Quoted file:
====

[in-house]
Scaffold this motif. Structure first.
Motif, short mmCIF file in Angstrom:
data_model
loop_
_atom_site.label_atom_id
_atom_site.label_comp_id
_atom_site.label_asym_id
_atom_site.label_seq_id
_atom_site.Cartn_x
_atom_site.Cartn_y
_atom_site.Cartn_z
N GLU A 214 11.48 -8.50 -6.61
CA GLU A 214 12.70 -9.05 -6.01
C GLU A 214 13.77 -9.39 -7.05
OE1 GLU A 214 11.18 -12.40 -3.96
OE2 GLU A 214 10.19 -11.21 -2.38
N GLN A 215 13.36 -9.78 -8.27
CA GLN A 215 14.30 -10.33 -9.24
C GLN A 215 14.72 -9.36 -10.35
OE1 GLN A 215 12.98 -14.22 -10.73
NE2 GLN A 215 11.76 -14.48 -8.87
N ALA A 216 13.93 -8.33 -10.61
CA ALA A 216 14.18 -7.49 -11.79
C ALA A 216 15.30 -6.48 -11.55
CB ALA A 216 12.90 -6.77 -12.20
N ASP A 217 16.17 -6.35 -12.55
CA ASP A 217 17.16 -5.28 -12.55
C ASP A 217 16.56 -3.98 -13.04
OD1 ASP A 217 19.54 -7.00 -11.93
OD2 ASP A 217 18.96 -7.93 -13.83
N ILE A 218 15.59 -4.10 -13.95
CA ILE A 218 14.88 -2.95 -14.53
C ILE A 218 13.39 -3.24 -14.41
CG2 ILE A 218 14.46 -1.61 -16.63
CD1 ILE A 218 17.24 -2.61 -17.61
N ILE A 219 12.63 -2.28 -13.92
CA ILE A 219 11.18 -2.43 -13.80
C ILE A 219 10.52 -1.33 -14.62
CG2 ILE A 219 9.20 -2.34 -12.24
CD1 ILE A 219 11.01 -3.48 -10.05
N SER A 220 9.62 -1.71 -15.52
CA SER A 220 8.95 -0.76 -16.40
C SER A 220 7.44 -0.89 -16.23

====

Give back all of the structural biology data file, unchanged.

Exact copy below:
[in-house]
Scaffold this motif. Structure first.
Motif, short mmCIF file in Angstrom:
data_model
loop_
_atom_site.label_atom_id
_atom_site.label_comp_id
_atom_site.label_asym_id
_atom_site.label_seq_id
_atom_site.Cartn_x
_atom_site.Cartn_y
_atom_site.Cartn_z
N GLU A 214 11.48 -8.50 -6.61
CA GLU A 214 12.70 -9.05 -6.01
C GLU A 214 13.77 -9.39 -7.05
OE1 GLU A 214 11.18 -12.40 -3.96
OE2 GLU A 214 10.19 -11.21 -2.38
N GLN A 215 13.36 -9.78 -8.27
CA GLN A 215 14.30 -10.33 -9.24
C GLN A 215 14.72 -9.36 -10.35
OE1 GLN A 215 12.98 -14.22 -10.73
NE2 GLN A 215 11.76 -14.48 -8.87
N ALA A 216 13.93 -8.33 -10.61
CA ALA A 216 14.18 -7.49 -11.79
C ALA A 216 15.30 -6.48 -11.55
CB ALA A 216 12.90 -6.77 -12.20
N ASP A 217 16.17 -6.35 -12.55
CA ASP A 217 17.16 -5.28 -12.55
C ASP A 217 16.56 -3.98 -13.04
OD1 ASP A 217 19.54 -7.00 -11.93
OD2 ASP A 217 18.96 -7.93 -13.83
N ILE A 218 15.59 -4.10 -13.95
CA ILE A 218 14.88 -2.95 -14.53
C ILE A 218 13.39 -3.24 -14.41
CG2 ILE A 218 14.46 -1.61 -16.63
CD1 ILE A 218 17.24 -2.61 -17.61
N ILE A 219 12.63 -2.28 -13.92
CA ILE A 219 11.18 -2.43 -13.80
C ILE A 219 10.52 -1.33 -14.62
CG2 ILE A 219 9.20 -2.34 -12.24
CD1 ILE A 219 11.01 -3.48 -10.05
N SER A 220 9.62 -1.71 -15.52
CA SER A 220 8.95 -0.76 -16.40
C SER A 220 7.44 -0.89 -16.23